The key question always has been who made something, not where it was made. In the old days the "where" was always the same as "who," but not today. Who made it is important, but where it's made isn't.

Thus if Nikon's manufacturing engineers decide they can build a better product in Thailand, they make it in their very own factory there to their own standards. You or I trying to guess quality from where it's made clouds the real issue: how well it works.

You are far better off looking at the images made by a camera or lens and not wasting time looking where the "made in" sticker says.

US law is funny and based back in the 1940s when shipping and communication was primitive. "Made in" applies to the final assembly point. If I have all my subassemblies built in a prison in China and have final assembly (or maybe just the label popped on) here in the USA, I may mark it MADE IN USA.

Thus ignore old folks who are paranoid about where something is made. Personally I always look at the "made in" label and pay premium prices for anything marked MADE IN GERMANY or other first world countries, but that's just personal preference. Look at the images, not the stickers.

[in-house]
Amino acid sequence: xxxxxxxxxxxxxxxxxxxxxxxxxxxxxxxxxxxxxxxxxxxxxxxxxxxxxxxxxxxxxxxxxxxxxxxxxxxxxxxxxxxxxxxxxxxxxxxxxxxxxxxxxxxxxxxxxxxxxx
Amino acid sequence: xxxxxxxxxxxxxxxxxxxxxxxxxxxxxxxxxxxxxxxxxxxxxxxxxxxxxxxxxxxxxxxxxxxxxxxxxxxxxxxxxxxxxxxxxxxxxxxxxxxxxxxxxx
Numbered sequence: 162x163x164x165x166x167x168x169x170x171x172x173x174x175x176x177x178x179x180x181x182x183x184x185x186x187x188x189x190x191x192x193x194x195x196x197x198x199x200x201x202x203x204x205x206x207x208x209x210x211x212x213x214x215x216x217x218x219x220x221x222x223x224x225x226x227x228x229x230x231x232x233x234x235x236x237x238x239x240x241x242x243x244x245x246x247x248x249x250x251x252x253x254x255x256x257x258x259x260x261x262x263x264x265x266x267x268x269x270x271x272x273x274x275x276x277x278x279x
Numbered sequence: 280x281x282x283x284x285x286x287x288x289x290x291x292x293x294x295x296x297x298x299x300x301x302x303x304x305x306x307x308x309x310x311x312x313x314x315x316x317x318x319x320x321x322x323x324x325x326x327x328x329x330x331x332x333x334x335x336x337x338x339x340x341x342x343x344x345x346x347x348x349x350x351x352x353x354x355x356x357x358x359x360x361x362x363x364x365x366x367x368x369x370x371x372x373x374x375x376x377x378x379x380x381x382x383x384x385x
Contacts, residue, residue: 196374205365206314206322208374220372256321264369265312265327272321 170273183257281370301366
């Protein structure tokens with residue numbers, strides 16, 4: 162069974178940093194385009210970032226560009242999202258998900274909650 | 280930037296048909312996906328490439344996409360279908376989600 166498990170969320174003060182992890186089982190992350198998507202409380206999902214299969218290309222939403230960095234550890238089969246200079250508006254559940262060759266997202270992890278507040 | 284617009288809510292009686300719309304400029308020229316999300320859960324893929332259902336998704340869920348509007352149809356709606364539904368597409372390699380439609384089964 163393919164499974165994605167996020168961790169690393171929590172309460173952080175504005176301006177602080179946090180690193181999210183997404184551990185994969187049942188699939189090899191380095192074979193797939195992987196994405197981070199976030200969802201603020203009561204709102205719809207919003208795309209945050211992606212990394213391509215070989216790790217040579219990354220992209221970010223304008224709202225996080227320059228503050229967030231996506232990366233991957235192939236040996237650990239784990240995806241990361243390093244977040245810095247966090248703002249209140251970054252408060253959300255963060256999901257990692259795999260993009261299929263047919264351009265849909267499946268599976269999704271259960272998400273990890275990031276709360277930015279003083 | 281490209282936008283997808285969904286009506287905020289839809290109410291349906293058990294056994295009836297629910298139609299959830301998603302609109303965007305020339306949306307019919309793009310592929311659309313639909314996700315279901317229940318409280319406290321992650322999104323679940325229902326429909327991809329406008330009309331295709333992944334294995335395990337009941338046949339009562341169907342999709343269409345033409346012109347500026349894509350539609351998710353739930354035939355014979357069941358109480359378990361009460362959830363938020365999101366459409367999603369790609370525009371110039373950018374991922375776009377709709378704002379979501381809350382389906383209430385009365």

In fact making something abroad often results in better products for a given price. Paying US wages, complying with environmental and safety regulations and all the crippling US FMLA regulations that let workers walk off the job with full pay for three months just because they're stressed (just have your doctor use the legal phrase "a serious medical condition, "not "stress") does nothing to make me a better camera.

Thankfully other countries with more progressive corrections programs are stepping up to the plate to have skilled forced prison labor in places like Liaoning Province, China assemble the products we need. The money not spent paying people to stay home is money that camera makers put right back into the camera for you and me. You and I can do our part to help the Chinese rehabilitate their criminal population into decent citizens by voting with our dollars. Here in the USA the government subsidizes dissidents to teach history in our universities; in other countries they're sent to prison to make shoes, clothing, cameras, machine tools and shopping bags for the rest of the world.

Take this article as you may. I'm just trying to point out tongue-in-cheek that people like me have personal issues with where things are made and always prefer to pay a steep premium for MADE IN GERMANY or SWISS MADE, but the quality for any given price is better when you just ignore the "made in" label.